This season’s highlight is the Powder Keg Fleece ($80), a ’90s revival whose trademark drawstrings make it one of the more noticeable fleece pieces around — the Ski School print pack doesn’t hurt, either. During testing, we loved the Keg’s roomy cut and surprisingly athletic feel. Its 250g/m2 fleece puts it squarely in the middle of the fleece family tree (for those not at altitude, that’s a feature, not a bug).

Style-wise, the Powder Keg got our pick for its just plain unique take on the standard pullover snap fleece. No subtlety allowed here: it wears exactly how you’d imagine. Pair it with wide-leg pants like Dickies’ 874 or statement shorts like some bright purple Baggies for a fit that just straight explodes. As long as you bring the energy with the rest of the fit, the Powder Keg will go off.

Real Glampers Only

L.A.-based Reese Cooper channels natural inspiration through a cutting, cosmopolitan lens. The result: garments like the Sherpa Fleece ($830), a boxy jacket that’s as backcountry as it is Berghain.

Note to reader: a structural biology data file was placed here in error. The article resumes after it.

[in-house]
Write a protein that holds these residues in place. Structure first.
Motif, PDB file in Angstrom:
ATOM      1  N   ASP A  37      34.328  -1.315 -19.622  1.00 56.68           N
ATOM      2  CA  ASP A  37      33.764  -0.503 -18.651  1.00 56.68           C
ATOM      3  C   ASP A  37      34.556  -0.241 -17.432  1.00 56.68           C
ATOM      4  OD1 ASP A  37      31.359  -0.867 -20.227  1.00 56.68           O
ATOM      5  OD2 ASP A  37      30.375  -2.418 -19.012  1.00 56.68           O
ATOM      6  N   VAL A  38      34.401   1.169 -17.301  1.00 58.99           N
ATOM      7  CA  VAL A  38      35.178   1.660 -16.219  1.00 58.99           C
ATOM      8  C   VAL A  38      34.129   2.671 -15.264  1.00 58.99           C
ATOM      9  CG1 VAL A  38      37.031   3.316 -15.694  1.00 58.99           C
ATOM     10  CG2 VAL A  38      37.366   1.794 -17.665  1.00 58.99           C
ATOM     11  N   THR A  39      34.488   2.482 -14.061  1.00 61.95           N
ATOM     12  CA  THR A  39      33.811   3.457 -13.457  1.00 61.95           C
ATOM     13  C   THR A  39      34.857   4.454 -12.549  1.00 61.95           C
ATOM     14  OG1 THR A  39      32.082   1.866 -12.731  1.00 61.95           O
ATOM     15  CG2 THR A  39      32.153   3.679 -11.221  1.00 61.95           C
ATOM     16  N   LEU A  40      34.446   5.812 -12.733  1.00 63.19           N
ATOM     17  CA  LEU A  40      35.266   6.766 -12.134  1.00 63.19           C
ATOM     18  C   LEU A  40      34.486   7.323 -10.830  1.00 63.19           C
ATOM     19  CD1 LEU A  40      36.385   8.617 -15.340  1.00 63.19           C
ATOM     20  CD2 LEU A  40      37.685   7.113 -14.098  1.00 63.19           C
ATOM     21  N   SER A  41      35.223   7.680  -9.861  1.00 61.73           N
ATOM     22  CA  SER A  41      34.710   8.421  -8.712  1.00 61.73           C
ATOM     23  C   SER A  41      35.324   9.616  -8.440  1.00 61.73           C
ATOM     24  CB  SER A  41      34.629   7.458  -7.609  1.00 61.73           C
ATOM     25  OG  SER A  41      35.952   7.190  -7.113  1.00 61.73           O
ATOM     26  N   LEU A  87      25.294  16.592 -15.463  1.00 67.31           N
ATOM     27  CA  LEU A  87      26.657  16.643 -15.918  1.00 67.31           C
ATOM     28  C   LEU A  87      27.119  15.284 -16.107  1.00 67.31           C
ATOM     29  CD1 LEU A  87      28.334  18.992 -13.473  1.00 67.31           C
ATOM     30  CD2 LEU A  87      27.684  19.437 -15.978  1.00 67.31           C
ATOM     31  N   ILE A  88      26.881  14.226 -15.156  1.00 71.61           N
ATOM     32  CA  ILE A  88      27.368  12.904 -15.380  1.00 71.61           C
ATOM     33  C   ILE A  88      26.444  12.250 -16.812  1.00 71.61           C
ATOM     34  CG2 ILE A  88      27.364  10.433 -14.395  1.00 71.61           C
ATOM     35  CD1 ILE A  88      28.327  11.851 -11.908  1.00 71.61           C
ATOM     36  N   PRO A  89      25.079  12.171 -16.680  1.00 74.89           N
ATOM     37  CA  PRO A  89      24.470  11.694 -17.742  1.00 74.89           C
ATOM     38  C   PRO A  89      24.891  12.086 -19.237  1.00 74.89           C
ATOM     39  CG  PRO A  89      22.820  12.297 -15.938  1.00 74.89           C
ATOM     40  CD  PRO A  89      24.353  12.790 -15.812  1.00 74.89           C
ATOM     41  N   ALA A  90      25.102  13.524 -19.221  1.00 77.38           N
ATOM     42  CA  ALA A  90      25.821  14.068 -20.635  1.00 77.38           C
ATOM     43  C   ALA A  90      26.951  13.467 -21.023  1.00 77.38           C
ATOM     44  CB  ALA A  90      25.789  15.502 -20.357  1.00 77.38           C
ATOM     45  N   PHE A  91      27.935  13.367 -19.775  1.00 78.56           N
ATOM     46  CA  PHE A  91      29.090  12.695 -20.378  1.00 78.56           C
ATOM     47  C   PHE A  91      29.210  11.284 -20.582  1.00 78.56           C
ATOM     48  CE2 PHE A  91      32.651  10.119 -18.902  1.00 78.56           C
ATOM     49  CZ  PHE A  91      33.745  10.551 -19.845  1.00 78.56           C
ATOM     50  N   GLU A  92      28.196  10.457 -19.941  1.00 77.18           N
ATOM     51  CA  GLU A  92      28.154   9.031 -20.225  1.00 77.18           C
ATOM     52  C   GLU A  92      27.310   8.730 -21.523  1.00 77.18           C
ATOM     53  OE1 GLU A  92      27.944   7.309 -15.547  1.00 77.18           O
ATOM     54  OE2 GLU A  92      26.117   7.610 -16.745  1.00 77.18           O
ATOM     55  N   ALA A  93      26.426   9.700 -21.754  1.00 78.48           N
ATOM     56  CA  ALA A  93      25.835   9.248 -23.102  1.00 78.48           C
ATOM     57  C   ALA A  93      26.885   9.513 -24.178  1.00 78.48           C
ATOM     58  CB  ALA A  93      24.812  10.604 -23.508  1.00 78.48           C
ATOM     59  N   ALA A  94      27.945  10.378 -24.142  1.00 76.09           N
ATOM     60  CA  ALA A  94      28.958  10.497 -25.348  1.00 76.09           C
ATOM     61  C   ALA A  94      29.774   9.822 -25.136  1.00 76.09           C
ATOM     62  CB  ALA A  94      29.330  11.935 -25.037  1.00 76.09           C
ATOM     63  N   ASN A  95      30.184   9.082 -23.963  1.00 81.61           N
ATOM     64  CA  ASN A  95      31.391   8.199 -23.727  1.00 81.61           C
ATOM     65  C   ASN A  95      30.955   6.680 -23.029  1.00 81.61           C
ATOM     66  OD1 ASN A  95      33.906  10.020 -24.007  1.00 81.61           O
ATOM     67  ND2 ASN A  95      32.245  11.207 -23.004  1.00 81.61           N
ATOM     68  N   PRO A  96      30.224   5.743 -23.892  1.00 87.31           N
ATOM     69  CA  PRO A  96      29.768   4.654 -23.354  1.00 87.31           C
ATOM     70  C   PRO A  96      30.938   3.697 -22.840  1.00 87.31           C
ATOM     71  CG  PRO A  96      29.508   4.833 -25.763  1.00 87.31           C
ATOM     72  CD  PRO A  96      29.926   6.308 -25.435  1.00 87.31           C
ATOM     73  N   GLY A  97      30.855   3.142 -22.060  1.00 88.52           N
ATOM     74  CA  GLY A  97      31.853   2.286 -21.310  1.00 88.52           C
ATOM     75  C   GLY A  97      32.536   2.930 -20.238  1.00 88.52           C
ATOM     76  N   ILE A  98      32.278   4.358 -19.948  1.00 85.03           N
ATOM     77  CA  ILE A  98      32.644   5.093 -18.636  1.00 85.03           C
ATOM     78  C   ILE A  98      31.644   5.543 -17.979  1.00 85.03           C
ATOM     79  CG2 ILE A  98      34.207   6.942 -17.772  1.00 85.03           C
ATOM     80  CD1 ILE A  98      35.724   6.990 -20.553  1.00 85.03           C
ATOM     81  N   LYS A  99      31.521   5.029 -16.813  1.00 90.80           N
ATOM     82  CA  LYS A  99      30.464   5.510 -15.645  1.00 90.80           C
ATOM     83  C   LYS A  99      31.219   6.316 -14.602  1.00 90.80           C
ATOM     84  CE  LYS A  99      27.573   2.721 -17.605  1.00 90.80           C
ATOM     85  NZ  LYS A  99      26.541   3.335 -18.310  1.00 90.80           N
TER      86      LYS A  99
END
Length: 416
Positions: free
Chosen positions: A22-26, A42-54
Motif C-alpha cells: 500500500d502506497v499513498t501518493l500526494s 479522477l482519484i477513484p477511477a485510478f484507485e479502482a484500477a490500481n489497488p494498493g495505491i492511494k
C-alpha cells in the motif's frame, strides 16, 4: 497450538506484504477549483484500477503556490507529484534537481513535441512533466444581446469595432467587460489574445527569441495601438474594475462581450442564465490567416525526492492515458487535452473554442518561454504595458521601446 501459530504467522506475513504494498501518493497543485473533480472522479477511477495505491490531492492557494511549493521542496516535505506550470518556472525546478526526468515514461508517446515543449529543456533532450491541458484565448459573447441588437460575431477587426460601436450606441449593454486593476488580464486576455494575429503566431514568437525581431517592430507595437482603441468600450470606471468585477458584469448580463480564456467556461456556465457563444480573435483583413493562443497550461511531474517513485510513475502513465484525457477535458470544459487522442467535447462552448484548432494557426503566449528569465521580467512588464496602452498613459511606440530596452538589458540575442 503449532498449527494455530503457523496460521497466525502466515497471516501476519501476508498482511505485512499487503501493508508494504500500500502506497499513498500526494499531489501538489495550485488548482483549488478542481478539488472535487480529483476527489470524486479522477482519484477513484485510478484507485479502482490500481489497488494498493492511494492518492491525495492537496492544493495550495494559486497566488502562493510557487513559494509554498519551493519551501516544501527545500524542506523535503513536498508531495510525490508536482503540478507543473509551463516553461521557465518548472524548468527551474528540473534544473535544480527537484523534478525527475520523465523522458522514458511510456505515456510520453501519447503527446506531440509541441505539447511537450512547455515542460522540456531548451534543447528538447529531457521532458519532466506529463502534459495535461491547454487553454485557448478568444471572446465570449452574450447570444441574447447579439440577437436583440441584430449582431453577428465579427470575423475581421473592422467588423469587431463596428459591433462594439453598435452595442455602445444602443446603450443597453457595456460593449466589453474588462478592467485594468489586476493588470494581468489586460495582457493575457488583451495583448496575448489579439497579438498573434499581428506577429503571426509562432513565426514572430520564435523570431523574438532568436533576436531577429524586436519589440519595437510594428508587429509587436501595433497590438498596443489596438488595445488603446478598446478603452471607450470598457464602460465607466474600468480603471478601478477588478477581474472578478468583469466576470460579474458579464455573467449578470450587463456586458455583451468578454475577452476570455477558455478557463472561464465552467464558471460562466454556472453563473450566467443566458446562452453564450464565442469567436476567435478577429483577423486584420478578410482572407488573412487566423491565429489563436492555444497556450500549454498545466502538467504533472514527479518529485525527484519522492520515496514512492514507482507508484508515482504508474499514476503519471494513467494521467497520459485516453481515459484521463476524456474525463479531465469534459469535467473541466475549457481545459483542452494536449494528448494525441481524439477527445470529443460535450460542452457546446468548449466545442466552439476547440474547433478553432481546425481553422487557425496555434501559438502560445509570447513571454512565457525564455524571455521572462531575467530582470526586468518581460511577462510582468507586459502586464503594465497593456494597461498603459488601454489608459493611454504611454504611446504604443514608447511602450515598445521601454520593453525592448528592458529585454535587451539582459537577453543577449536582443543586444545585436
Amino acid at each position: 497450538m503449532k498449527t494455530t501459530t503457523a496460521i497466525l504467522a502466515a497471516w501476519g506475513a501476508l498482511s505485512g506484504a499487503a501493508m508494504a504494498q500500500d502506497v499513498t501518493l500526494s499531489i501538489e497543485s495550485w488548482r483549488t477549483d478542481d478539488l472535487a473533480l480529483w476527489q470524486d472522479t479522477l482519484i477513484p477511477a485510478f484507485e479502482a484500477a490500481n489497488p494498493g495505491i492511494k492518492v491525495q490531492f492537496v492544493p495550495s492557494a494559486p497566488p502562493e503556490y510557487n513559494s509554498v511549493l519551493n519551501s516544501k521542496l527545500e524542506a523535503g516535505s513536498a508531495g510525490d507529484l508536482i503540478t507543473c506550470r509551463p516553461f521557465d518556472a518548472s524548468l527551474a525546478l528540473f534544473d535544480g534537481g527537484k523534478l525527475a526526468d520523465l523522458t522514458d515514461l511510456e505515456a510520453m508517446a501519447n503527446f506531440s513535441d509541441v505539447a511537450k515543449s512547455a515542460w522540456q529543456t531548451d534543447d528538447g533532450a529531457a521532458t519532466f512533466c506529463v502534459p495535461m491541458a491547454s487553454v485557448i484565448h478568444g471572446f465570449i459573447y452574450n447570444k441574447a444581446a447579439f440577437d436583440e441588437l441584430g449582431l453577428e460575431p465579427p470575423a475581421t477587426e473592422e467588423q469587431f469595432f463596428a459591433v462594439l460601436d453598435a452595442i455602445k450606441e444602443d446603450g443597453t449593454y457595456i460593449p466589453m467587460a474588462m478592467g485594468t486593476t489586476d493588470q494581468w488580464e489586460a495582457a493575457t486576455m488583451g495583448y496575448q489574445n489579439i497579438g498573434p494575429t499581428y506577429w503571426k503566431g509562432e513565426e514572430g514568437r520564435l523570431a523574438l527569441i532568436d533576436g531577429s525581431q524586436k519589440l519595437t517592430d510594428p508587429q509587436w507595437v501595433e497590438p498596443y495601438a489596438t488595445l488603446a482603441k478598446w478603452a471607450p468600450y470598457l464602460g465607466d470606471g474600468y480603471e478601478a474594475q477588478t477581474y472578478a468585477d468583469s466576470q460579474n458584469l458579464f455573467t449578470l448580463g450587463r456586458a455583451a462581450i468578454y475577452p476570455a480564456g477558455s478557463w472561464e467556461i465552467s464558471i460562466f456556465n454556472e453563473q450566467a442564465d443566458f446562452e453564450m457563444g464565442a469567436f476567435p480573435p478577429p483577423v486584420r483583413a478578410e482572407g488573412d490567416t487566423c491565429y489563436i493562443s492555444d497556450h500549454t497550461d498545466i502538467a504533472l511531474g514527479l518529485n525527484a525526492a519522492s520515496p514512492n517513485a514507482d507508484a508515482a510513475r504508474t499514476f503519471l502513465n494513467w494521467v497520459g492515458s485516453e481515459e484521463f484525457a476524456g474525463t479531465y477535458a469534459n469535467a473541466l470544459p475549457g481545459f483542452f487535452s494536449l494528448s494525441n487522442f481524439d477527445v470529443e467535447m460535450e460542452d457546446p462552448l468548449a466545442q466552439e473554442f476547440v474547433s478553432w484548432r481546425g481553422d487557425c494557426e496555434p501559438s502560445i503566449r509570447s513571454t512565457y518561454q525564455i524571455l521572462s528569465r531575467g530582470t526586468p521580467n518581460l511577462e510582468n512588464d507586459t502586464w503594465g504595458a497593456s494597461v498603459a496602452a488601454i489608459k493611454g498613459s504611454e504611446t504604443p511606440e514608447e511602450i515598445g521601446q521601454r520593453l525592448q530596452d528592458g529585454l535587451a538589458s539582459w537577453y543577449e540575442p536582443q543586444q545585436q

While other fleeces make a statement with prints, the Cropped Sherpa expands what one can say. Metallic fasteners and a shooting-inspired shoulder patch elevate the jacket’s teddy-bear-texture with a hint of intrigue. The cropped silhouette and Rick-alike drawstrings do the rest. You wouldn’t want to take this heavy bomber outside city limits, but in case the bondage details didn’t make it clear, Reese’s fleeces are more eye candy than trail mix.

And eye candy they are. Of all the fleeces tested, this was the obvious winner for style. Walking around in it just felt cool. It performed well enough for what it was asked to do, but man oh man, did it sing as a statement piece. I paired it with black chinos, a black turtleneck, and black Hoka Bondis, going all neutral monochrome to give the Cropped Sherpa the spotlight it deserves. In the right context, it absolutely shines.

The Living Legend

The North Face’s Denali jacket is named after the highest mountain in North America. One could say it’s a top fleece. Perhaps even peak. Whatever you call it, this hallmark, nylon-reinforced zip-up is a towering presence in the outdoors.

The ’95 Retro Denali Jacket ($199) takes the now-decades-old fleece back to its roots, restoring key details like underarm zips and oversized pullers. More importantly: those roots are showing colors. The ’95 Retro Denali revives the jacket’s iconic original colorways, reclaiming what had become a suburban staple for the streets that made it famous. Polartec’s 360g/m2 classic fleece puts the Denali on the heftier side of things. Layered with a hoodie, this could be your set-up for New York winters. (Our friends in Toronto should seek another peak.)